- 3 August 2006
This article is from 2006.
Franz Ferdinand head for the Book Festival to share their songwriting secrets. Words: Doug Johnstone.
Writing songs is as easy as falling off a log. But don’t just take our word for it, ask Franz Ferdinand. That’s exactly what you can do if you’re one of the people lucky enough to get a balloted ticket for their event at this year’s Book Festival.
Devised as a family event aimed at teenagers, the band’s Alex Kapranos and Nick McCarthy will be discussing how they go about writing songs, something they get asked about all the time, apparently.
‘Yeah, we’re planning on giving away all our songwriting secrets,’ grins McCarthy mischievously. ‘Kids come up to us and ask how they can possibly write a song, and hopefully with this event we’ll show people how easy it is. We’re going to take a few of our songs apart, and show how we wrote something like “Take Me Out” or “Michael”.’
That’s not all. The pair will be attempting to write a song there and then, with the willing assistance of the audience, and maybe even recording the results. McCarthy admits he has no idea whether this will work or not, but insists this is in keeping with how the band do things anyway.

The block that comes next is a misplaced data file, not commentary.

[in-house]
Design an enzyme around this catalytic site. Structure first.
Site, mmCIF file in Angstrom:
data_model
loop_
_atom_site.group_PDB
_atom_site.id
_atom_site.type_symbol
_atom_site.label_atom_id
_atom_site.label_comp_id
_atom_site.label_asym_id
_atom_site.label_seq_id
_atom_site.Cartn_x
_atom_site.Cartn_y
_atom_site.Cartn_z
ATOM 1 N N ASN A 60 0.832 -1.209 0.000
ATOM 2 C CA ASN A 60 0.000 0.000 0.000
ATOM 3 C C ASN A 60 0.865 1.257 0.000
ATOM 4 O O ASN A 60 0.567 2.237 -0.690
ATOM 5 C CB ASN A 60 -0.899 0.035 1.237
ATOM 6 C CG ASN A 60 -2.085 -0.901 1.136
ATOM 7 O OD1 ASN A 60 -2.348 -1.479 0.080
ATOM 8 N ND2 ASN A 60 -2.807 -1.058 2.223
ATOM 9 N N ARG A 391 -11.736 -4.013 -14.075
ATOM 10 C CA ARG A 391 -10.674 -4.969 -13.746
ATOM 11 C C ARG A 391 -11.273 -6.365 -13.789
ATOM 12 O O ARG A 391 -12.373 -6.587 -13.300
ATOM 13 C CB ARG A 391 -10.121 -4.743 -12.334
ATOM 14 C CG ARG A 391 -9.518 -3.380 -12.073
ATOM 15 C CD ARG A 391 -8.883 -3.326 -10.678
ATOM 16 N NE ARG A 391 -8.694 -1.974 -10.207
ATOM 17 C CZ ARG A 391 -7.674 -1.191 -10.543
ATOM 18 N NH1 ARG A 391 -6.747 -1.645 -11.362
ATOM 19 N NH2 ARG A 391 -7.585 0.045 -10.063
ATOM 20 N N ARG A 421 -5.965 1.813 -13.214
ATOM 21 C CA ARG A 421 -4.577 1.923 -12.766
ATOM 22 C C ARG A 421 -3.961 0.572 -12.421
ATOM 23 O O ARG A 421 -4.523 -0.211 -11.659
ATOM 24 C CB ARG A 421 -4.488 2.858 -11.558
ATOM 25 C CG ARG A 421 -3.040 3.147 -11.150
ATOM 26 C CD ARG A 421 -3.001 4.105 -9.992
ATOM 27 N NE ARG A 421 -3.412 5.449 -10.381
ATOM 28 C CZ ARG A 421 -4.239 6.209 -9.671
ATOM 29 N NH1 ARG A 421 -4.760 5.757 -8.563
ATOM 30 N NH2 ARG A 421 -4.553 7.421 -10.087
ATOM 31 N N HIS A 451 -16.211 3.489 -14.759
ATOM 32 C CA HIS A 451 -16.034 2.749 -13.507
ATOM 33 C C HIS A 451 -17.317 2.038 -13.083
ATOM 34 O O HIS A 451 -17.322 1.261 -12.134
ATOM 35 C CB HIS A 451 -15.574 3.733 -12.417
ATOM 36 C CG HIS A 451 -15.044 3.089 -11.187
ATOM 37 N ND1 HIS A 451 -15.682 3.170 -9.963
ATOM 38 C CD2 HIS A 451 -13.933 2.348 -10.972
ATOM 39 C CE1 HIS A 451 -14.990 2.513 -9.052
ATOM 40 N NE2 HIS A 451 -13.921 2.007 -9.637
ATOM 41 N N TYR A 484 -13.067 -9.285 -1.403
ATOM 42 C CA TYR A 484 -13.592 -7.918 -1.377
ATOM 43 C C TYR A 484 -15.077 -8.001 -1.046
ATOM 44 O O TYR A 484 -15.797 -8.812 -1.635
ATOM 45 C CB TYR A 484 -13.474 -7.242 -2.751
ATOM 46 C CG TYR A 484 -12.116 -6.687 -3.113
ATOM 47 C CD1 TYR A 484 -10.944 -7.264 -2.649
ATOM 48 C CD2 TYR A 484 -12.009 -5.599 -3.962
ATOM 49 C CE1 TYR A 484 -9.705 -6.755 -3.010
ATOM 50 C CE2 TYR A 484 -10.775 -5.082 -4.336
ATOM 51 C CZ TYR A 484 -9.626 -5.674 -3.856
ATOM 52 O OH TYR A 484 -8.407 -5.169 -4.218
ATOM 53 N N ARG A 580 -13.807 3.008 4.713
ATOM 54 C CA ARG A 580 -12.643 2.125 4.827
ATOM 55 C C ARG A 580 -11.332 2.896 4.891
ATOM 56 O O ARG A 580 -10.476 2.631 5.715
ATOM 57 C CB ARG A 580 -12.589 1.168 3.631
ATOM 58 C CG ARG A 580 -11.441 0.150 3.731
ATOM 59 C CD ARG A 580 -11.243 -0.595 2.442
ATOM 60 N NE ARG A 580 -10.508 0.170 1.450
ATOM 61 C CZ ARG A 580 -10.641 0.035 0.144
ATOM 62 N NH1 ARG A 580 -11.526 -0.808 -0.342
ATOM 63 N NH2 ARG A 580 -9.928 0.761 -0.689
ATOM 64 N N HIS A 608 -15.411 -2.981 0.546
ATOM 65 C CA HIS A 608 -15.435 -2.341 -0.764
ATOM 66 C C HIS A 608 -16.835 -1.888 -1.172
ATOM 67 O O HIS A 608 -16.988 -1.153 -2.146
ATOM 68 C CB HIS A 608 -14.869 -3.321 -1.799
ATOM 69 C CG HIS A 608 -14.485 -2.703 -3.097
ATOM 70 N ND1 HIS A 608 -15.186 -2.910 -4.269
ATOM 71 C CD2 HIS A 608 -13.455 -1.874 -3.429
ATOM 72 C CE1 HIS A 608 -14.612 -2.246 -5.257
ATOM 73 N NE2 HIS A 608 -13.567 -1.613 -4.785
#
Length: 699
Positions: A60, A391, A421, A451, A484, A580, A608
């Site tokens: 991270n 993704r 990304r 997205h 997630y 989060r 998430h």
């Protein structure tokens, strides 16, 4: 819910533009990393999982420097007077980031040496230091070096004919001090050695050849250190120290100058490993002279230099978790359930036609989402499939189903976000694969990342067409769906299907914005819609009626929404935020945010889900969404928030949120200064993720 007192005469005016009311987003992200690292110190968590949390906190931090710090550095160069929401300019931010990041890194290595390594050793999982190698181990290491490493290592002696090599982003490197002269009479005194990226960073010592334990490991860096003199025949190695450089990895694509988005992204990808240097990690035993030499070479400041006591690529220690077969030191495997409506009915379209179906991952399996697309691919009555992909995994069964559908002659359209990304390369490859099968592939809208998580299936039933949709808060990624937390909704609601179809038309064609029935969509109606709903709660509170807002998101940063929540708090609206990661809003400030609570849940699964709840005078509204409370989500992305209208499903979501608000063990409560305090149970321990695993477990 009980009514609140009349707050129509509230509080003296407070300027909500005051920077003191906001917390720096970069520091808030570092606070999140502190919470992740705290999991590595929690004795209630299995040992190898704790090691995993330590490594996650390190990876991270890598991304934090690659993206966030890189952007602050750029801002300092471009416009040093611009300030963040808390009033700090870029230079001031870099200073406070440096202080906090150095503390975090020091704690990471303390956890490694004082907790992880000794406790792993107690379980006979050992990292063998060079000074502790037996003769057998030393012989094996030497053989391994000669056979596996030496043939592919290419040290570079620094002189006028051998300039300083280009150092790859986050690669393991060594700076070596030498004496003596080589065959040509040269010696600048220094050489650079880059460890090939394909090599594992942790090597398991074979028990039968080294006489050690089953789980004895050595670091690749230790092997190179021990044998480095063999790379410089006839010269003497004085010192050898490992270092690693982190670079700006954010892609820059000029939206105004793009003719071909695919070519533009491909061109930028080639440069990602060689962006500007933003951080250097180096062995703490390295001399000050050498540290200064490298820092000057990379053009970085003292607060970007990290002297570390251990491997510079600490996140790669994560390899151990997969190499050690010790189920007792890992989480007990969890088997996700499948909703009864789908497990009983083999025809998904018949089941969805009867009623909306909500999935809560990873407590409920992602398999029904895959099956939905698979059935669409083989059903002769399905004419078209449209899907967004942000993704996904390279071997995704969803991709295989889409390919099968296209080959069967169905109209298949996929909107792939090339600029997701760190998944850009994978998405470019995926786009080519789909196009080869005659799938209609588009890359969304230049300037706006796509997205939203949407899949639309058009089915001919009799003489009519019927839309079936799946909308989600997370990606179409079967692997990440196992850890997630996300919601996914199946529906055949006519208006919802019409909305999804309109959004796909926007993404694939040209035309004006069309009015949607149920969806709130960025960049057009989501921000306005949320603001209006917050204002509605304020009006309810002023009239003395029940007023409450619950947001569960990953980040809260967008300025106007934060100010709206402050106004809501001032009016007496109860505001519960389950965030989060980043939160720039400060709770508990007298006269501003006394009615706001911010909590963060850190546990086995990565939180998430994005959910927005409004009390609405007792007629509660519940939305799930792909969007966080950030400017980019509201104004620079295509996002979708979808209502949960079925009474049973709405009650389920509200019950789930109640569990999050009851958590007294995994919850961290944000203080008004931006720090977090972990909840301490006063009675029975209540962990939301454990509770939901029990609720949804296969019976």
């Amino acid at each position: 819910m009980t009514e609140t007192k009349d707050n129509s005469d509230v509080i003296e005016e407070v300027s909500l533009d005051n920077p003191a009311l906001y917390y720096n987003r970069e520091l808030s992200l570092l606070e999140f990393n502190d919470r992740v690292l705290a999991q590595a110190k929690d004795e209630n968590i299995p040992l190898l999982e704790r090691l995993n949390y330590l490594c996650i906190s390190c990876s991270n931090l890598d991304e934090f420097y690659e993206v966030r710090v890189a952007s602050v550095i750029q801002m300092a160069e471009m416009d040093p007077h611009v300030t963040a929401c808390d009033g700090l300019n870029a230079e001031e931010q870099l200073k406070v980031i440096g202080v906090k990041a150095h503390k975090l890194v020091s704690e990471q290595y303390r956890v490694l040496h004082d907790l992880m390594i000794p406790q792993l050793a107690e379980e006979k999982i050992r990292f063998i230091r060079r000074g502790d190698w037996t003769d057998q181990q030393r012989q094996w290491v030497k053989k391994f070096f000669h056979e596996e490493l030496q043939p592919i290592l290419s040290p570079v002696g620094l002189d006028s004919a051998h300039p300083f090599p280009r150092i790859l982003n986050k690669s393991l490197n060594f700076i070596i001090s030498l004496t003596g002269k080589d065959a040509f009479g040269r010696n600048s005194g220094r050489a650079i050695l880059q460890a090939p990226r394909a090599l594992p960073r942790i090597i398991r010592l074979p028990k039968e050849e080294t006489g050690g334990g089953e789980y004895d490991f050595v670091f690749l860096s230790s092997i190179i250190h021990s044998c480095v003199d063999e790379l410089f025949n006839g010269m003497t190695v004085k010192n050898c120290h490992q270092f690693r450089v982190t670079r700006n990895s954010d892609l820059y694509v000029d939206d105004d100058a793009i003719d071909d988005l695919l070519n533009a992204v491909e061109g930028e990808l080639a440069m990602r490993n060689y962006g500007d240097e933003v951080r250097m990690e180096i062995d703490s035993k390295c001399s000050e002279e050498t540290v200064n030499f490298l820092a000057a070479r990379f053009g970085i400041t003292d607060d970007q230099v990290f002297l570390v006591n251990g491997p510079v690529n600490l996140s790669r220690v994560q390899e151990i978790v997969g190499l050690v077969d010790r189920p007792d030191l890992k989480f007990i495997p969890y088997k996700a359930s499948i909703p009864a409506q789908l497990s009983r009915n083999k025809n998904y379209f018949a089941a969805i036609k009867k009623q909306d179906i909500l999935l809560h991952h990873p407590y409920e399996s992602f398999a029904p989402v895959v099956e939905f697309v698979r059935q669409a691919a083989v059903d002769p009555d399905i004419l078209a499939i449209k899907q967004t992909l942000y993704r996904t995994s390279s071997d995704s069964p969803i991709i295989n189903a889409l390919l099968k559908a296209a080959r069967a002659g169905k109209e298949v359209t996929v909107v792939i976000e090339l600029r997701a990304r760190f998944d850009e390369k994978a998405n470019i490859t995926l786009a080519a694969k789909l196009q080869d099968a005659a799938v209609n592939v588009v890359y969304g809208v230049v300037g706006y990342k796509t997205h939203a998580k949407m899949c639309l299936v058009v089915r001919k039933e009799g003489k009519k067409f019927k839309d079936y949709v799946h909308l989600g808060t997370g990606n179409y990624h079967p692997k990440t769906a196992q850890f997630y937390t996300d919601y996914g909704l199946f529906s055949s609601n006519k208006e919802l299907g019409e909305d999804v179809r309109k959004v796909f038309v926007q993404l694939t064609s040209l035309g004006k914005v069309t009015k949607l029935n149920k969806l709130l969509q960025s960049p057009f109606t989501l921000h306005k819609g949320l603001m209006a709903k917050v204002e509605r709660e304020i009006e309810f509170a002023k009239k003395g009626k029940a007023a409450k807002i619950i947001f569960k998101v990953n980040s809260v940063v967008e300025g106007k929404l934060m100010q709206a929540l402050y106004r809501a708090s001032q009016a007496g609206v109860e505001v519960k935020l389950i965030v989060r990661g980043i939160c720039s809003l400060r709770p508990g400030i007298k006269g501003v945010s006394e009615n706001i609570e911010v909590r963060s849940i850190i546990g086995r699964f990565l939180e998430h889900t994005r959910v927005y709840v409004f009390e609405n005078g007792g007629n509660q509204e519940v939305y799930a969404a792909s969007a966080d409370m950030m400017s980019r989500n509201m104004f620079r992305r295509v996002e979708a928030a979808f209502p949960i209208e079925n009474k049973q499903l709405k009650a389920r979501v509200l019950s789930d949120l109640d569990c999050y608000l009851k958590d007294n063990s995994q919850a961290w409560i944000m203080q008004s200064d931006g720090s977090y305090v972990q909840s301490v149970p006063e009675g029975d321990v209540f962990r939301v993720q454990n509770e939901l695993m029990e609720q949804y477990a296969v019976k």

‘Each song is always written differently,’ he says. ‘Sometimes someone will come in with a chorus and we’ll jam that for a while; other times we’ll piece bits of songs together. That’s how “Take Me Out” came about. It’s boring to just do the obvious thing - we’re always looking at new ways of writing.’
McCarthy then goes on to enthuse about all sorts of different songwriting styles, from the Beach Boys’ multi-layered pop genius, to the operatic mayhem of ‘Bohemian Rhapsody’ via some good old two-chord punk rock.
‘The main thing is listening to music,’ he says. ‘Just being a music fan and listening to what other people do gives you ideas.’
The band are prolific songwriters, with only a small fraction of their output ever seeing the light of day. So how do they know a good song when they hear one?
‘It’s pretty simple,’ says McCarthy. ‘When everybody’s got a smile on their face, then it’s a good one.’
Franz Ferdinand, Tue 22 Aug, 4.30pm.